Glass Tear, The by Anna Howard

Glass Tear, The

Written by Anna Howard
Illustrated by Fran Evans


Glass Tear, The by Anna Howard

Stunning illustrations by Fran Evans bring to life this delightful and enchanting story about a little girl who loves stories and roaming the seashore. -- Welsh Books Council


How many red dragons are there still in Wales? Apparently only one, and it lives in a cave on the Pembrokeshire coast, or so we are led to believe! Once again an encounter with a dragon is the central theme of a newly-published book by Pont. Told as a tale within the tale this version is narrated both by a modern-day child in person (clearing out the contents of her deceased great aunt Bronwyns cottage at Nolton Haven, and by Bron herself. She had written in spidery writing on several sheets of thin paper, tied with silver parcel string the story of her own childhood meeting with the lonely dragon, way back in 1928. The glass tear of the title is in fact the single tear shed by the dragon as he sends Bron back from his beach-side cave to the real world of an unbelieving family (after all, parents have no imagination, have they?), who all fail to realise the significance of her treasure. All, that is, except her grandfather, Tad-cu, who confides that he too has a glass tear, given to him as a child by the same dragon. There are difficulties in multi-layered, multi-generational storytelling, and this motif might well confuse a young reader who is tackling the book alone. I am reminded of a previous favourite Pont, Granny Sarah and the Last Red Kite by Malachy Doyle, which adopted a similar strategy more convincingly I feel, although some children with whom I shared that book were also confused about whos who. Similarly there is quite a lot of challenging vocabulary within the well-constructed text. There are some delightfully whimsical evocations of the Welsh seascape throughout the story, and the opening prologue, with its descriptions of the contents of the ebony tea caddy and its secrets promises an enjoyable read. Fulfilling the need and desire to expand and enrich a childs vocabulary, however, means the author must bear in mind its practical limitations. There are some stumbling blocks for the silent reader here. Adjectives like 'meandering', 'diminishing', 'overwhelming

'iridescent', are sophisticated words, complex in meaning. This leads me to ask the question What is the target readership? Even I had to use a dictionary to find the meaning of the noun 'berm'.These minor literary criticisms are balanced by the pleasure gained from the nature of the book itself. Its shape and size, the quality of the paper, and of course Fran Evans pictorial interpretation of the text lend a distinctive tone to the complete reading experience, ideally to be shared by adult and child. I was particularly charmed by the unexpected pleasure of the central page double spread of the splendid lizard-like dragon meeting young Bron, a charm repeated once again, towards the end, as she says farewell to her new-found friend, again across two pages.The trouble with these imaginative encounters with dragons is are they real? Brons parents tried to convince her that she had fallen asleep on the beach, had an adventure, woken up and found it was all a dream. The glass tear was only a shard of sea-glass. Or was it? Who can tell? Chris Stephens It is possible to use this review for promotional purposes, but the following acknowledgment should be included: A review from, with the permission of the Welsh Books Council. Gellir defnyddior adolygiad hwn at bwrpas hybu, ond gofynnir i chi gynnwys y gydnabyddiaeth ganlynol: Adolygiad oddi ar, trwy ganiatd Cyngor Llyfrau Cymru. -- Welsh Books Council'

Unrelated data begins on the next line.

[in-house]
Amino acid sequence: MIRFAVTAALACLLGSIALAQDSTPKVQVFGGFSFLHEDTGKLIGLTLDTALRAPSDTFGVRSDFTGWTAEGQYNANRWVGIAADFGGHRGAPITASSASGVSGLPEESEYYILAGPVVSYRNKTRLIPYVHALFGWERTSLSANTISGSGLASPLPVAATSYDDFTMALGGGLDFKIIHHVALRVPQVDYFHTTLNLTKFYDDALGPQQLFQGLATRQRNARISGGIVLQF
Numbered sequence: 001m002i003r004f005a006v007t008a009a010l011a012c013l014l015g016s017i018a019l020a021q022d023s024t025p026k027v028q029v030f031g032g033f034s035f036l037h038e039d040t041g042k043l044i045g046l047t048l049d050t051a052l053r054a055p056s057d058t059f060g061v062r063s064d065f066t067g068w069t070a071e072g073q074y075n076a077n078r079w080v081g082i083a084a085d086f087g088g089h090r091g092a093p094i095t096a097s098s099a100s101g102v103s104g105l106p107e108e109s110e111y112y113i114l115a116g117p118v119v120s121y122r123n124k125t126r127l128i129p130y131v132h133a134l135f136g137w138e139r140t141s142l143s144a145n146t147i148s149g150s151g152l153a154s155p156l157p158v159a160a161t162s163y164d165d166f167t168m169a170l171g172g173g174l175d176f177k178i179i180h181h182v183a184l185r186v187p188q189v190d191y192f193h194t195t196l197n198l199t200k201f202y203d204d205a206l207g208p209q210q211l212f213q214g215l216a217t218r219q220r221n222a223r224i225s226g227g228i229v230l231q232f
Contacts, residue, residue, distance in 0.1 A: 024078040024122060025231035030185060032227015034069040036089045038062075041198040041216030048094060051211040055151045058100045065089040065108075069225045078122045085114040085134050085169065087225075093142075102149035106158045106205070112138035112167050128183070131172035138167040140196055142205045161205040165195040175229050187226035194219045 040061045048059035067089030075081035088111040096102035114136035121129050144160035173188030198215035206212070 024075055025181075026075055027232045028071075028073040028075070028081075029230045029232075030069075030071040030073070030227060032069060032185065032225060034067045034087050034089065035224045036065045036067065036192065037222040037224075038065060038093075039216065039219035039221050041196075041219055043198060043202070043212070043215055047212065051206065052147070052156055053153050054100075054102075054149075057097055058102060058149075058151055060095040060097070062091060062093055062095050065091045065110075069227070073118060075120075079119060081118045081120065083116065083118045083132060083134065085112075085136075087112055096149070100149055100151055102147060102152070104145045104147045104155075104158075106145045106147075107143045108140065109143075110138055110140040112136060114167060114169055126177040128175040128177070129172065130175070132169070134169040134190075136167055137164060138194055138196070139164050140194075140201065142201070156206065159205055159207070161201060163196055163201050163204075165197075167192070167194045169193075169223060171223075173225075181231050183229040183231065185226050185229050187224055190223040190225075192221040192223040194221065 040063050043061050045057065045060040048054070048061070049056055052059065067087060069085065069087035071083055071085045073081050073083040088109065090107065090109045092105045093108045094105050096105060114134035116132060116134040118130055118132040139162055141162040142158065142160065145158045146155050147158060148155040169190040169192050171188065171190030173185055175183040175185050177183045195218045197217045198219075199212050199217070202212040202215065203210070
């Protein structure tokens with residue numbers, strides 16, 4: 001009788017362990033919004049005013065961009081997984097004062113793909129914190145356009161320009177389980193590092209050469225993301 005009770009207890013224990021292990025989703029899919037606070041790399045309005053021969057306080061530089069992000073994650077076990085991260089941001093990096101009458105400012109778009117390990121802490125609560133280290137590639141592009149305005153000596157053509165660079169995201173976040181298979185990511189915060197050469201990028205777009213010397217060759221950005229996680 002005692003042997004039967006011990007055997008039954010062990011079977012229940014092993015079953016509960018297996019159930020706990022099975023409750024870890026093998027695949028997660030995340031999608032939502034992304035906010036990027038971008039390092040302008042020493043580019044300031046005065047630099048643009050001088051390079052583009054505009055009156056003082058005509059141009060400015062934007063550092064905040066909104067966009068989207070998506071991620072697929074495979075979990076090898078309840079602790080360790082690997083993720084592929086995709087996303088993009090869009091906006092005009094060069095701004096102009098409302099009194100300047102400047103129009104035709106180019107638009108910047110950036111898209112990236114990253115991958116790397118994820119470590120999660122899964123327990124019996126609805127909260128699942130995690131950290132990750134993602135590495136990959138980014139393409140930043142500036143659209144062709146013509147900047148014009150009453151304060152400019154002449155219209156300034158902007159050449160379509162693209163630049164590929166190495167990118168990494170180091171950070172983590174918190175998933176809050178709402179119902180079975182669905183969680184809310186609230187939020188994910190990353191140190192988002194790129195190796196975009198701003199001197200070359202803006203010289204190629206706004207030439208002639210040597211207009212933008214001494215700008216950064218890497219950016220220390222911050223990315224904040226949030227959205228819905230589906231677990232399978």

About the Author

Ever since she was a very little girl, Anna Howard has spent her summer holidays in Pembrokeshire. Together with her brother and sister, she is the proud owner of a heavenly, three acre meadow on the cliff top above Druidston Haven, where she and her family love to camp. When she is not in Wales, Anna is an English and French teacher and really enjoys her job. She lives in rural Northamptonshire with her husband, four children, a hairy pony, an extremely naughty terrier, several chickens and two hives - full of bees. Anna has always loved writing stories and the story of 'The Glass Tear' was first written as a Christmas present for her children and all her nieces and nephews. It is set on the very beach that she and her family love so much. Fran Evans lives in Llangwm in South Pembrokeshire and is a well known artist in the county and beyond, working for clients such as Two Bad Mice Cards as well as illustrating books by Cerys Mathews and Malachy Doyle. An experienced illustrator of books, cards and prints, Fran draws instinctively on her observation of the natural world, and her love of interesting and quirky things, to create her delicate images. As someone who enjoys exploring the beaches around her home with the family, she often draws on her own environment for inspiration.

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Book Info


64 pages


Anna Howard
More books by Anna Howard


Pont Books an imprint of Gomer Press

Publication date

29th July 2015



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